Gov. Martin O'Malley's bid to expand collection of DNA samples from criminal suspects is sparking intense debate in Annapolis, with black lawmakers so upset they walked out of a Democratic caucus meeting in protest.
With objections from both ends of the political spectrum, the House of Delegates postponed debate on the bill until tomorrow.
"This issue is very emotional with many people," said House Majority Leader Kumar P. Barve, a Montgomery County Democrat. He declined to discuss what took place at the closed-door caucus, but added: "There's hardly anything more personal than your genetic information."
The House Judiciary Committee approved the administration's DNA bill late Friday, but with significant amendments that would delay the collection and analysis of the samples taken from suspects. It also provided for automatic expungement of the information in some cases if charges are dropped.
But critics in both parties say they remain concerned about the measure, fearing it could infringe on people's constitutional rights and might wind up costing far more than the administration has predicted.
"It's not a black issue," said Del. Jill P. Carter, a Baltimore Democrat. "It's the American system of justice's presumption of innocence until proven guilty."
Many - though not all - members of the House Legislative Black Caucus contend that the administration bill is flawed and that an expanded DNA collection system could be used by authorities to target minorities.
O'Malley originally proposed collecting DNA samples from those arrested for violent crimes and burglary whether they are convicted or not, drawing wide support from law enforcement officials, who argued that it would be an invaluable tool for catching serial criminals and preventing rapes and murders. Eleven other states have similar DNA collection practices.
But in response to objections from civil libertarians and the black caucus, the administration agreed to amendments last week to limit collection to those accused of violent crimes and felony burglary - dropping misdemeanor burglary from the proposal. O'Malley aides also agreed to delay collection until after a suspect is charged, and not to process the sample until arraignment, which often occurs several weeks after arrest. Thousands of people a year are arrested but not charged, particularly in Baltimore City.
Another amendment would allow DNA samples to be destroyed if charges are dropped before arraignment. Anyone acquitted would also have the right to seek expungement of his sample.
But the American Civil Liberties Union and other critics say such changes do not address their fundamental objections - that such collection of personal information is intrusive and runs counter to the constitutional protection against unreasonable searches.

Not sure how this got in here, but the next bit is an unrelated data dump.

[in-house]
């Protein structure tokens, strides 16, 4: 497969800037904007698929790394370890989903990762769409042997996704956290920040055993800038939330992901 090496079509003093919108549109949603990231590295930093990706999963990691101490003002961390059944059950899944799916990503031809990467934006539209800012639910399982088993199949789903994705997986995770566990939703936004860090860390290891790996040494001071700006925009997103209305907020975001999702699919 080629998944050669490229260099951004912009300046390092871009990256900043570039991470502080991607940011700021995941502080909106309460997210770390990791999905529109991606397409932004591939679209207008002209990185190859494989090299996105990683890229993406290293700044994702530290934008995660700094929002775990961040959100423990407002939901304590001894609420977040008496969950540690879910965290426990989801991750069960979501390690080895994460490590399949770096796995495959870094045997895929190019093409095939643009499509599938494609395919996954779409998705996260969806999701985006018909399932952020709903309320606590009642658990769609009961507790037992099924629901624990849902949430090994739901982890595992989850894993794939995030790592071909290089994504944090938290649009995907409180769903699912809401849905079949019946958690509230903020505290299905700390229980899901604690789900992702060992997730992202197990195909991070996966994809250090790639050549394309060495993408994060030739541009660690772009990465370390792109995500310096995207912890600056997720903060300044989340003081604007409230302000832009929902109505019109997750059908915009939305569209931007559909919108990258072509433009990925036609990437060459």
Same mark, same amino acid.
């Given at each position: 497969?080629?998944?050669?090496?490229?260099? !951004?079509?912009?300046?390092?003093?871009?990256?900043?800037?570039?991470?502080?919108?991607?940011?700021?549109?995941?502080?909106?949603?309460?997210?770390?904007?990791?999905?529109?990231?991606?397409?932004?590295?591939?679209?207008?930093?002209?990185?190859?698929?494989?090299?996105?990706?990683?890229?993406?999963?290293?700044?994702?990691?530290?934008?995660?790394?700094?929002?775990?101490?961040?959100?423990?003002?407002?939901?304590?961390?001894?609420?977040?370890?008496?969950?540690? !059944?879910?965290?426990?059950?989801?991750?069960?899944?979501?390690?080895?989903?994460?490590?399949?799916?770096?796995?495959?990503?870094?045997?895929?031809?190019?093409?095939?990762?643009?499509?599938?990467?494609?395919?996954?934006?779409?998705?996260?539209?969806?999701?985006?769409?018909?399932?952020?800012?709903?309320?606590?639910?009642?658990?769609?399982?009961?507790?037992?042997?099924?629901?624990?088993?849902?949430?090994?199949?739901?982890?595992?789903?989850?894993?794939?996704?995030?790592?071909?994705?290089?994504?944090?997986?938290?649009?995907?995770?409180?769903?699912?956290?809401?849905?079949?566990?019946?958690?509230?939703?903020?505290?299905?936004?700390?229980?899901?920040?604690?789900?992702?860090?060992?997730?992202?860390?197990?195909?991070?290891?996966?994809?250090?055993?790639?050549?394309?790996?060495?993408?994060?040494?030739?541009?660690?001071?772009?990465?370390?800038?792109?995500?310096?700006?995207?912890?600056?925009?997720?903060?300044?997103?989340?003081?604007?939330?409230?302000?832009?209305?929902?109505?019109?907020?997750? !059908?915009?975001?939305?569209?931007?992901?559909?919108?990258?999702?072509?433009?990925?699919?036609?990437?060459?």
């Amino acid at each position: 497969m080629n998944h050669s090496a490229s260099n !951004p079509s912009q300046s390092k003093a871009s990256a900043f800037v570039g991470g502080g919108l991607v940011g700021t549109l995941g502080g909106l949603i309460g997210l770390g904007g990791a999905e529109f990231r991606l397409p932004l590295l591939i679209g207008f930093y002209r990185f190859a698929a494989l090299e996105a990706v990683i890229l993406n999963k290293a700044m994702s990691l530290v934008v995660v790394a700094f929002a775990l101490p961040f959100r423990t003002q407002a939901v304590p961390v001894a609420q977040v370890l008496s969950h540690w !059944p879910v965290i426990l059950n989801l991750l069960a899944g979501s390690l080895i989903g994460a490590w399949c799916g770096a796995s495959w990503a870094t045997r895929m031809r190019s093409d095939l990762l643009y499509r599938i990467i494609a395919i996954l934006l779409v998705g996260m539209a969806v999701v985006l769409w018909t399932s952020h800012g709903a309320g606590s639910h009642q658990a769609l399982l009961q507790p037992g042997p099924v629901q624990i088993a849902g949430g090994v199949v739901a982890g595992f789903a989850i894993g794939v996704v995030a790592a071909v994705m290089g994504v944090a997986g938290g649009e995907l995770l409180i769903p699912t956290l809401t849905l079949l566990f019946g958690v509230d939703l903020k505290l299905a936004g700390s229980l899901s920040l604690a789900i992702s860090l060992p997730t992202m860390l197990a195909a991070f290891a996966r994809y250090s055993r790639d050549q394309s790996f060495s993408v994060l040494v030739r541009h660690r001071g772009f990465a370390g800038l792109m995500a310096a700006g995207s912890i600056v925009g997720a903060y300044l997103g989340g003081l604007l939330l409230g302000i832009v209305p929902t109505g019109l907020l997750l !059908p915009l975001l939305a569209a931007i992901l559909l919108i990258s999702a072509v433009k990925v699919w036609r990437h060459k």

Carter's concerns are shared, to a degree, by some Republicans. Howard County Del. Warren Miller said he's still uneasy about the bill's impact on civil liberties, though he said he's more comfortable now that it has been amended.
"My concern is just the fact that someone is accused of a crime doesn't mean they committed it," Miller said. He said he's also worried about the cost of expanding the database when the state is strapped for cash.
An expansion of the DNA data base proposed last year by a Republican lawmaker, which failed to pass, was estimated by legislative analysts to cost $7 million, Miller said. The governor included $1 million in his budget to handle the expansion he proposes.
Rick Abbruzzese, the governor's spokesman, declined to explain the differences in costs estimated by legislative analysts, but he said the governor's plan for expanding DNA collection is less sweeping than what was proposed in prior legislation.
"We're continuing to work with the Senate and House leadership and the members of the black caucus on their legitimate concerns," Abbruzzese said.
Even before yesterday's flare-up at the Democratic caucus, some black caucus members complained late last week that House leaders had refused their request to delay committee action on the bill until this week to give them more time to try to amend the measure.
"We've felt we've been disrespected by this body," said Carter.
Del. Joseph Vallario, a Prince George's County Democrat and chairman of the House Judiciary Committee, defended its handling of the bill yesterday. He pointed out that the committee had hashed out amendments to the bill at length last week, first in a small work group with administration officials and critics, and then debated and voted on them in a full committee meeting late Friday afternoon that went on for more than two hours.
"We've dealt with every issue that's been raised," said Del. Samuel I. "Sandy" Rosenberg, a Baltimore City Democrat who led the committee work group on the bill.
"I've seen when things were steamrollered down here," Rosenberg said. "And believe me, this wasn't." He pointed out that DNA samples also can be used to exonerate those wrongly accused of crimes.
The House black caucus is not unified on the bill. Three African-American lawmakers on the Judiciary committee voted for the amended bill, while Carter continued to oppose it.
Now, committee leaders say they hope to give everyone with concerns one last chance to suggest changes before bringing the measure up for a full-fledged debate tomorrow.